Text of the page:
Companies that are still in the process of figuring out communicating their pay transparency should consider implementing a strategy of slowly turning the lights on, which means you create a communication plan to slowly share total rewards information and be transparent over a period of time. Companies can start this journey by simply sharing their total compensation package and philosophy as part of pay transparency and highlighting the benefits they offer, much like the #showusyourleave campaign.
Data-Driven Approaches for Equitable Practices
To ensure equity in your employee compensation packages, a data-driven approach should be driving everything your team is doing. Data is the new currency of the corporate world—without looking at data as proof points, your total rewards program could be missing components that may be in your blind spot. Simply put, you can’t design a comprehensive total rewards program without the data to back it up.
Data doesn’t lie, and it will help you and your team transparently make the necessary decisions and pivots based on what you’re seeing—whether it be in employee surveys conducted anonymously with an employee-focused survey vendor or a tool like Syndio that helps employers better implement pay equity. Consulting data ensures fairness for all groups and embeds that fairness into all decisions and policies the company makes.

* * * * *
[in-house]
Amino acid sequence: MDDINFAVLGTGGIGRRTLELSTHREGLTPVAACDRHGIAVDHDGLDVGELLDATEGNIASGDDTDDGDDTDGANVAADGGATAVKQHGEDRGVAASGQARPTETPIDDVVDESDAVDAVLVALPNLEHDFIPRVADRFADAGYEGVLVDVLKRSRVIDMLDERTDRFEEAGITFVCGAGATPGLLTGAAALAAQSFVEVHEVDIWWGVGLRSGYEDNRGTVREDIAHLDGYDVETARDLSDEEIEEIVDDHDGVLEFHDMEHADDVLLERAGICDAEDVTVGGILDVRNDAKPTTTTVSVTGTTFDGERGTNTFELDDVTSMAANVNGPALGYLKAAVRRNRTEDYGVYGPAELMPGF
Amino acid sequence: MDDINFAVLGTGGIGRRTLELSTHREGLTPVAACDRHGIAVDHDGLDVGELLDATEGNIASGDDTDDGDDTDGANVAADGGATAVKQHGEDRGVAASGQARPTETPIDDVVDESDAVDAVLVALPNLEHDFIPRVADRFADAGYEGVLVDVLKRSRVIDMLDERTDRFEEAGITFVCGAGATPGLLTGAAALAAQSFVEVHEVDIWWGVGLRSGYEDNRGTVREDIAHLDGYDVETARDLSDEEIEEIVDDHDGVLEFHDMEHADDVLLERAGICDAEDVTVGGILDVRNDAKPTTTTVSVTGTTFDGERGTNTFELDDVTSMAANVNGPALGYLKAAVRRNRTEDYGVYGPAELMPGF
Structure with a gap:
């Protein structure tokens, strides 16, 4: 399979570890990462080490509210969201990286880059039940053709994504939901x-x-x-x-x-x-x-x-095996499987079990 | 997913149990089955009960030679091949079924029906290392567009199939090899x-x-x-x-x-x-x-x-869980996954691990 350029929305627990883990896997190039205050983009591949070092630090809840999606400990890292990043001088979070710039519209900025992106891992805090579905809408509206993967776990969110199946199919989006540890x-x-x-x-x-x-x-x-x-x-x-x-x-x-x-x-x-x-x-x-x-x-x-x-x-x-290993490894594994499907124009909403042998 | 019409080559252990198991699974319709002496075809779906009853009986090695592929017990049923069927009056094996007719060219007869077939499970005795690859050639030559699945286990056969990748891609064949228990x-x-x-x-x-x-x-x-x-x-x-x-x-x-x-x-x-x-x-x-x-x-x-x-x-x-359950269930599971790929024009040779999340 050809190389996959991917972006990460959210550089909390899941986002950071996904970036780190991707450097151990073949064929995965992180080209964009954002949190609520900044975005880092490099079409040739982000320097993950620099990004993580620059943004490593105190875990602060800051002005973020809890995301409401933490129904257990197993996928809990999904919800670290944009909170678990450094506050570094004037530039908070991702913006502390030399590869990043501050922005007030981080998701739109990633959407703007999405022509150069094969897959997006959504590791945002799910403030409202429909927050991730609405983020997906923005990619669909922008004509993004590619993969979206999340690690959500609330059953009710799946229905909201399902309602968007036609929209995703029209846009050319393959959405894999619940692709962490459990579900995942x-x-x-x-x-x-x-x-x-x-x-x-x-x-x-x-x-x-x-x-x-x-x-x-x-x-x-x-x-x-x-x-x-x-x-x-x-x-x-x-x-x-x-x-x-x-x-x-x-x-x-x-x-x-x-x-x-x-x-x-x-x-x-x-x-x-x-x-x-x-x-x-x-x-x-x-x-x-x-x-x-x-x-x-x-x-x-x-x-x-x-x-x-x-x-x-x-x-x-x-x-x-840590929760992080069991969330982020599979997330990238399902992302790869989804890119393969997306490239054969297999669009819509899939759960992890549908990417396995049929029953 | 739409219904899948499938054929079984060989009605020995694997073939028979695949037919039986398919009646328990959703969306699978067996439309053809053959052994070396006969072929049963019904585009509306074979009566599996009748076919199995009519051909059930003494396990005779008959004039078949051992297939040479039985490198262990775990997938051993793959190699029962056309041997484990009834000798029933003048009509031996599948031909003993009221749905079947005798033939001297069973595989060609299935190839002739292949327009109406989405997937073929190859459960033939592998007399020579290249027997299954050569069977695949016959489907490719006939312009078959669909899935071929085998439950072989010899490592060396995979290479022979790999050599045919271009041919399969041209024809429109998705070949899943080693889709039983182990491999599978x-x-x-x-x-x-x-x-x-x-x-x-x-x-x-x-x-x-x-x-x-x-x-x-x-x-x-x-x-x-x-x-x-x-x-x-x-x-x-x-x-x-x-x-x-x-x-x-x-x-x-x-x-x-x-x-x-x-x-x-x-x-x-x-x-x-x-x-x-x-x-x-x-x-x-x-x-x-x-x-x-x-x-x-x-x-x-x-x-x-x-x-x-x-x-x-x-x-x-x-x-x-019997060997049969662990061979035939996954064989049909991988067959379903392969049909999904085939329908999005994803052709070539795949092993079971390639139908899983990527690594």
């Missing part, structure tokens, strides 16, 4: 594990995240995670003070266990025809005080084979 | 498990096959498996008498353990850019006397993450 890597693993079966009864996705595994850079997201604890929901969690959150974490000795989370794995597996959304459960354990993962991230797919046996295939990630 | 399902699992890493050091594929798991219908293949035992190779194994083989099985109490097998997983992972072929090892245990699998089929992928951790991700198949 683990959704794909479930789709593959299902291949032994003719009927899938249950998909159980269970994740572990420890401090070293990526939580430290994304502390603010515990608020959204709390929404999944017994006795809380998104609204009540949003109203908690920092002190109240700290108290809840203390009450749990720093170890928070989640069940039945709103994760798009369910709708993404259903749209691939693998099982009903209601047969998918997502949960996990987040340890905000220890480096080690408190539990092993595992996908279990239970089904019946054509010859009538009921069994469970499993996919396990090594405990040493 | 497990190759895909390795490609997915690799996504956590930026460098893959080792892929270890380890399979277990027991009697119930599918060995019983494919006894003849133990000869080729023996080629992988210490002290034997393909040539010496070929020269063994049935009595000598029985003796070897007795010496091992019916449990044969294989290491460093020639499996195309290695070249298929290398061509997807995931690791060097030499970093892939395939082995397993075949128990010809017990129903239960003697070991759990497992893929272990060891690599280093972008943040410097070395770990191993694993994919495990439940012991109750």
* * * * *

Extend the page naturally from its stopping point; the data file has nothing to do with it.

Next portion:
As we strive for a more pay-equitable world, HR professionals have a big responsibility as gatekeepers for prospective and current employees. For candidates, recruiters are often their first impression of a company and its compensation and benefits for their applied position. Recruiters, along with other HR staff, managers, and leaders, should be well versed in the company’s pay philosophy, pay practices, and equal pay commitment. Recruiters have a unique opportunity to educate candidates on pay and should keep in mind that new hire equity awards and other benefits are often game-changers for candidates. Recognizing that the onus for pay equity is on HR leaders and HR professionals, as well as leaders and managers, it is up to all of us to ensure we are responsibly practicing equal and fair pay for all.
A 20-year tech industry veteran, Sharawn Tipton is Chief People Officer at LiveRamp, a data enablement platform, where she spearheads the global people and culture strategy in support of the company’s continued growth. She is responsible for global talent acquisition; diversity, inclusion, and belonging; workplace experience; business partners; talent enablement; total rewards; benefits; HR technology; real estate; and people operations.
When Tipton moved into HR earlier in her career, she discovered she didn’t understand all the levers of pay and quickly learned she was leaving money on the table. Like many black women, who are typically paid 64 cents to every dollar paid to white, non-Hispanic men, she discovered she was being severely undervalued. This personal, lived experience informs and fuels her passion for ensuring all are paid their worth—both for the greater good of society and as a wealth driver. This passion has driven her work to achieve global pay equity for underrepresented groups in Micron Technology and her advocacy for pay equity with VC audiences. Tipton is also board chair for Fair Pay Workplace, a purpose-driven nonprofit organization dedicated to pay equity, where she works diligently alongside like-minded industry leaders from brands such as workplace equity platform Syndio, in which NBA star Steph Curry is a major investor.